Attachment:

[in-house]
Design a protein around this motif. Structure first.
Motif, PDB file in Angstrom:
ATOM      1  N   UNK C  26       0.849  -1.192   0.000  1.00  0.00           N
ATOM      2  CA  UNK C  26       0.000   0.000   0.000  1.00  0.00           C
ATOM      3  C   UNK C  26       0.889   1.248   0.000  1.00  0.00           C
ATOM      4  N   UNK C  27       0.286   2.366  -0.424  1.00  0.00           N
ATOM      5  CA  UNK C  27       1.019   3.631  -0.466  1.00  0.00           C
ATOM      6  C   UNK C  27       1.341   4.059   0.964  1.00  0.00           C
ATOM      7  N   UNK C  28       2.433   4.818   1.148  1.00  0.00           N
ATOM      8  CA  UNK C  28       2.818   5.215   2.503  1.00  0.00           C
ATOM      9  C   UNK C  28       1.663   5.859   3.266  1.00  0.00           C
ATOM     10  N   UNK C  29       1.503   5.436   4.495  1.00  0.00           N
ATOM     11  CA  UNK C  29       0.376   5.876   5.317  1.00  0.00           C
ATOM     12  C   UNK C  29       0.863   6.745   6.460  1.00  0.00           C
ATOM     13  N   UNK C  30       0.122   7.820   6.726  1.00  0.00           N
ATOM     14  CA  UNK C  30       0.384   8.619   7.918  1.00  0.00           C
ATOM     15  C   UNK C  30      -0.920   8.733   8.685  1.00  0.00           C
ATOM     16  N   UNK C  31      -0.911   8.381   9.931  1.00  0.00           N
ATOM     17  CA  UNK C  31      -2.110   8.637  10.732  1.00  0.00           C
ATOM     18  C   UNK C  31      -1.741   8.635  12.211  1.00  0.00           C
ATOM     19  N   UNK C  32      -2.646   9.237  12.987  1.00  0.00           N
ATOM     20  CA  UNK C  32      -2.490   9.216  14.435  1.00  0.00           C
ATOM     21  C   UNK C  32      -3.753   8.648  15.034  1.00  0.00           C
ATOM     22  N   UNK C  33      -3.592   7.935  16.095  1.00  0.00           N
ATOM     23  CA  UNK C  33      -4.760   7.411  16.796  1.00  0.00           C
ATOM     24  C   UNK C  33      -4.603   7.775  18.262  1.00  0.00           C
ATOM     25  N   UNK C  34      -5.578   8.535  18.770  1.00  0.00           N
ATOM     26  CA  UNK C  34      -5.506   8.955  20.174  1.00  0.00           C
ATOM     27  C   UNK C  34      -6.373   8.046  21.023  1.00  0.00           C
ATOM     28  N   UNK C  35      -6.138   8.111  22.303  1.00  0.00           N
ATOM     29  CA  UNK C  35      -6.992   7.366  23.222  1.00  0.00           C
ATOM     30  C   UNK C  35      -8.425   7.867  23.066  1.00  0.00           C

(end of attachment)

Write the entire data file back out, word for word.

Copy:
[in-house]
Design a protein around this motif. Structure first.
Motif, PDB file in Angstrom:
ATOM      1  N   UNK C  26       0.849  -1.192   0.000  1.00  0.00           N
ATOM      2  CA  UNK C  26       0.000   0.000   0.000  1.00  0.00           C
ATOM      3  C   UNK C  26       0.889   1.248   0.000  1.00  0.00           C
ATOM      4  N   UNK C  27       0.286   2.366  -0.424  1.00  0.00           N
ATOM      5  CA  UNK C  27       1.019   3.631  -0.466  1.00  0.00           C
ATOM      6  C   UNK C  27       1.341   4.059   0.964  1.00  0.00           C
ATOM      7  N   UNK C  28       2.433   4.818   1.148  1.00  0.00           N
ATOM      8  CA  UNK C  28       2.818   5.215   2.503  1.00  0.00           C
ATOM      9  C   UNK C  28       1.663   5.859   3.266  1.00  0.00           C
ATOM     10  N   UNK C  29       1.503   5.436   4.495  1.00  0.00           N
ATOM     11  CA  UNK C  29       0.376   5.876   5.317  1.00  0.00           C
ATOM     12  C   UNK C  29       0.863   6.745   6.460  1.00  0.00           C
ATOM     13  N   UNK C  30       0.122   7.820   6.726  1.00  0.00           N
ATOM     14  CA  UNK C  30       0.384   8.619   7.918  1.00  0.00           C
ATOM     15  C   UNK C  30      -0.920   8.733   8.685  1.00  0.00           C
ATOM     16  N   UNK C  31      -0.911   8.381   9.931  1.00  0.00           N
ATOM     17  CA  UNK C  31      -2.110   8.637  10.732  1.00  0.00           C
ATOM     18  C   UNK C  31      -1.741   8.635  12.211  1.00  0.00           C
ATOM     19  N   UNK C  32      -2.646   9.237  12.987  1.00  0.00           N
ATOM     20  CA  UNK C  32      -2.490   9.216  14.435  1.00  0.00           C
ATOM     21  C   UNK C  32      -3.753   8.648  15.034  1.00  0.00           C
ATOM     22  N   UNK C  33      -3.592   7.935  16.095  1.00  0.00           N
ATOM     23  CA  UNK C  33      -4.760   7.411  16.796  1.00  0.00           C
ATOM     24  C   UNK C  33      -4.603   7.775  18.262  1.00  0.00           C
ATOM     25  N   UNK C  34      -5.578   8.535  18.770  1.00  0.00           N
ATOM     26  CA  UNK C  34      -5.506   8.955  20.174  1.00  0.00           C
ATOM     27  C   UNK C  34      -6.373   8.046  21.023  1.00  0.00           C
ATOM     28  N   UNK C  35      -6.138   8.111  22.303  1.00  0.00           N
ATOM     29  CA  UNK C  35      -6.992   7.366  23.222  1.00  0.00           C
ATOM     30  C   UNK C  35      -8.425   7.867  23.066  1.00  0.00           C